Preferred spotting for drilled holes?

macardoso

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I run a smaller CNC and would like to preset a single tool to handle most or all of my spotting work. When doing general drilling I have always used a small center drill, but need to run high RPM's and find it doesn't clear chips well. I see NC spotting drills for sale in angles ranging from 90 degrees to 150 degrees. What would you recommend for a general purpose spot drill?
 

rgray

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I assume your using screw machine drills.
They usually come in 118 deg and 135 deg.
So if using the 118's get a 120 spotting drill and if using the 135's get a 140.
 

rgray

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If you use a larger spot than the drill being used, and get the depth right your hole will be chamfered before it's drilled.
Great benefit.
 

macardoso

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I haven't acquired many screw machine drills. Working off of a mismatched set of 115pc jobber drills. Bought cheap and replaced with cobalt and a few carbide over time. I should get a second index of screw machine drills.

That's a solid reason to use a 90 degree spot drill
 

mikey

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I assume your using screw machine drills.
They usually come in 118 deg and 135 deg.
So if using the 118's get a 120 spotting drill and if using the 135's get a 140.
I haven't acquired many screw machine drills. Working off of a mismatched set of 115pc jobber drills. Bought cheap and replaced with cobalt and a few carbide over time. I should get a second index of screw machine drills.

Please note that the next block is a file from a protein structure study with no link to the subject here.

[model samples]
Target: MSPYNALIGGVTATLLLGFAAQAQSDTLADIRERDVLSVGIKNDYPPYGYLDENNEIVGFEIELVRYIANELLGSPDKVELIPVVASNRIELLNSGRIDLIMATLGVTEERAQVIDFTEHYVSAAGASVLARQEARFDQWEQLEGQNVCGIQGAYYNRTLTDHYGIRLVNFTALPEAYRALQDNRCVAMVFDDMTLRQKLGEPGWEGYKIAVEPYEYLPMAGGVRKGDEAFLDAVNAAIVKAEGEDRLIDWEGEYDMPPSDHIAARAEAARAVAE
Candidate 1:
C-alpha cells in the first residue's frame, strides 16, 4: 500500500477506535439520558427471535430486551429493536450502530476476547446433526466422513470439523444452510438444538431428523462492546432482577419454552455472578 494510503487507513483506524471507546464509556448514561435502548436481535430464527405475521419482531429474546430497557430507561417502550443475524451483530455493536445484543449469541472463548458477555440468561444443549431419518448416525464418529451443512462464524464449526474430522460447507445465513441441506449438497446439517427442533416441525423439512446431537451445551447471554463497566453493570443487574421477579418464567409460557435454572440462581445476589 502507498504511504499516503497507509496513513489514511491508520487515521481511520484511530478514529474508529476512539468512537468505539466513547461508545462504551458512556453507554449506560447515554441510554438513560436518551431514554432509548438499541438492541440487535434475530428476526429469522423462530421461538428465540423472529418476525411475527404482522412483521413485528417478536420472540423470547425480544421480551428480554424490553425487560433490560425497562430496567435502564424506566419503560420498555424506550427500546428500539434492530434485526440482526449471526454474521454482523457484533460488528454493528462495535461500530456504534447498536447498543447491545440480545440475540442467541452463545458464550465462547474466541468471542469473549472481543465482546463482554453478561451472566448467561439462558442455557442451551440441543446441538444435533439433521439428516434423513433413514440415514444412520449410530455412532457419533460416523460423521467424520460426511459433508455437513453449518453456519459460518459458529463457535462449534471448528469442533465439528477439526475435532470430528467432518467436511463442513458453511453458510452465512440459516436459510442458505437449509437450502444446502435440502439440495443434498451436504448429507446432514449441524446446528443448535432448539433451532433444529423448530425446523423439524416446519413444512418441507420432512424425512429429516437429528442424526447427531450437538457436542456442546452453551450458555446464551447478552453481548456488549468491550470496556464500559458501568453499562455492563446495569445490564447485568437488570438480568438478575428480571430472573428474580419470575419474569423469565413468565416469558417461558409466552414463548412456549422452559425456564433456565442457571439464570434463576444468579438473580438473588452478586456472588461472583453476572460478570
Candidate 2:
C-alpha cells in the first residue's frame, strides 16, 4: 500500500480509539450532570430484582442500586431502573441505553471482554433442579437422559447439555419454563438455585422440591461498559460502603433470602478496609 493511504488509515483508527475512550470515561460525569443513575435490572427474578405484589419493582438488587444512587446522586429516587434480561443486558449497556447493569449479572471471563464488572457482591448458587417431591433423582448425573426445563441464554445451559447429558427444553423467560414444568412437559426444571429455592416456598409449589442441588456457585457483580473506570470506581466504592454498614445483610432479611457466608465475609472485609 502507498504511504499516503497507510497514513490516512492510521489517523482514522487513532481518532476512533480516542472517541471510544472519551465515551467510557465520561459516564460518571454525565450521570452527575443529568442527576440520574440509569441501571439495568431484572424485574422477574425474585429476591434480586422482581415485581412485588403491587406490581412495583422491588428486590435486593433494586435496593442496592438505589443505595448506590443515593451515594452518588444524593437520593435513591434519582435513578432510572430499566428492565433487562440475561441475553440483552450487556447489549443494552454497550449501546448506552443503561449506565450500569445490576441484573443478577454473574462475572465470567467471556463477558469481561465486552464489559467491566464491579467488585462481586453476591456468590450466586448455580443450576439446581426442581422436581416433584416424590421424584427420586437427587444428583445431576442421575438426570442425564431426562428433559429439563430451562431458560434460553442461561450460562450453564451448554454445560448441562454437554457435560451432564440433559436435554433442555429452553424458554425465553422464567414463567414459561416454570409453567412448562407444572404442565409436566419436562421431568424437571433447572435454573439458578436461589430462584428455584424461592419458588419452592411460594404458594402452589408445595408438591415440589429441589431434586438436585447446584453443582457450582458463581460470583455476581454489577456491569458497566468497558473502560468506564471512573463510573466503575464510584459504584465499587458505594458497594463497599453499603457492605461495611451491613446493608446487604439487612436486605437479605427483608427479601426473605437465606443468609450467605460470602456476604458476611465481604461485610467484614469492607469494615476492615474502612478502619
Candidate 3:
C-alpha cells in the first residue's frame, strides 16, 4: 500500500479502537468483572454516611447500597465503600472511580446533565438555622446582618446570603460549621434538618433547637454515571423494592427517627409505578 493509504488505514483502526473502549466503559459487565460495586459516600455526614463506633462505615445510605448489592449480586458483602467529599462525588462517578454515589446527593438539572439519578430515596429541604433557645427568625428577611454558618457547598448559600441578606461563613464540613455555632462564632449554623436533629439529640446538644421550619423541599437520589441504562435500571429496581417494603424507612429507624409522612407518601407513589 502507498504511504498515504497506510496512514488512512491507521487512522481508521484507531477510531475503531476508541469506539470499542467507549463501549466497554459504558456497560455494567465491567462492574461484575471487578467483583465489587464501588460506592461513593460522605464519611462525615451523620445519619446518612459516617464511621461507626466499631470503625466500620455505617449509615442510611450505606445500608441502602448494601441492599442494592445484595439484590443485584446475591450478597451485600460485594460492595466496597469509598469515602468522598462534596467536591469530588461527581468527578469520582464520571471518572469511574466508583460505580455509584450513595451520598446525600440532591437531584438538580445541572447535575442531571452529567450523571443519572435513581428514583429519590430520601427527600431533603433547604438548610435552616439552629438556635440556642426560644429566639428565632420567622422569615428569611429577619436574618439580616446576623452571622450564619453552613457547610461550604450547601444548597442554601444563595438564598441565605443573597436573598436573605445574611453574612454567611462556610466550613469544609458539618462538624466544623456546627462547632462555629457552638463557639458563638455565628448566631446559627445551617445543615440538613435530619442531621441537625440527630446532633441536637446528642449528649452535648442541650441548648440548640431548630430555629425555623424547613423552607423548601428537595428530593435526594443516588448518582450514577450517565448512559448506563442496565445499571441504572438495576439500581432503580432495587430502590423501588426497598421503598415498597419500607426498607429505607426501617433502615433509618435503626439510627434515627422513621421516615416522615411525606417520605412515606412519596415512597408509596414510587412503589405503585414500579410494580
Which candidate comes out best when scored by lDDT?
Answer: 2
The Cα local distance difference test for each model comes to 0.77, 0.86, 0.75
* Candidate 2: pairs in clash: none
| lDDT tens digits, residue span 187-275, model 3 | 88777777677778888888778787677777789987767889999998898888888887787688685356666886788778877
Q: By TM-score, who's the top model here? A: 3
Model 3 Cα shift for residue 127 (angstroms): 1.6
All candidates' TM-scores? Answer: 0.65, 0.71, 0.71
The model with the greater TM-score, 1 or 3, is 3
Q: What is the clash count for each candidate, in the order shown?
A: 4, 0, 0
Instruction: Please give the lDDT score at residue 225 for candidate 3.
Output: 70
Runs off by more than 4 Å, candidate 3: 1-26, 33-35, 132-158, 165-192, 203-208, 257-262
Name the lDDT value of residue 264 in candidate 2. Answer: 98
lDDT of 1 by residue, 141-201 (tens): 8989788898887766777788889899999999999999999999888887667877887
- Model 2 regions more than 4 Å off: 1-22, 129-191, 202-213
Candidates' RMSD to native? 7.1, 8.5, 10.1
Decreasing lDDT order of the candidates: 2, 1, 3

That's a solid reason to use a 90 degree spot drill
Not sure I follow the 90 degree spot drill thing. If you plan to use a spotter, the included angle of the spotter is typically larger than the angle of the drill in use as @rgray said. I do agree with the use of screw machine drills; they are much stiffer than jobber drills. Once you have a set then choose your spotting drill accordingly.

The chamfer thing has to do with using a spotter that is larger in diameter than the drill in use. For example, if you used a 5/16" spotter to near full depth with a 1/4" drill, you would have a chamfer left over. It will NOT be the correct chamfer angle for a screw but it will be nice for appearances.
 

MarkM

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If your not worried about the chamfer and want an accurate hole without the need to spot you could use a four facet drill and save that operation for most work. They tend to drill a more accurate hole closer to nominal size as well. I really like my Tormek wet grinder and the dbs-22 drill sharpening drill jig. Does a fantastic job with the four facet and can doctor a drill up for whatever material I come across. Not cheap but well worth it!

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Tornado220M

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I just use solid carbide which I can run so much faster on speed & feed.. also lasts longer and maintains a surface finish much smoother than a HSS or cobalt mix can.
 
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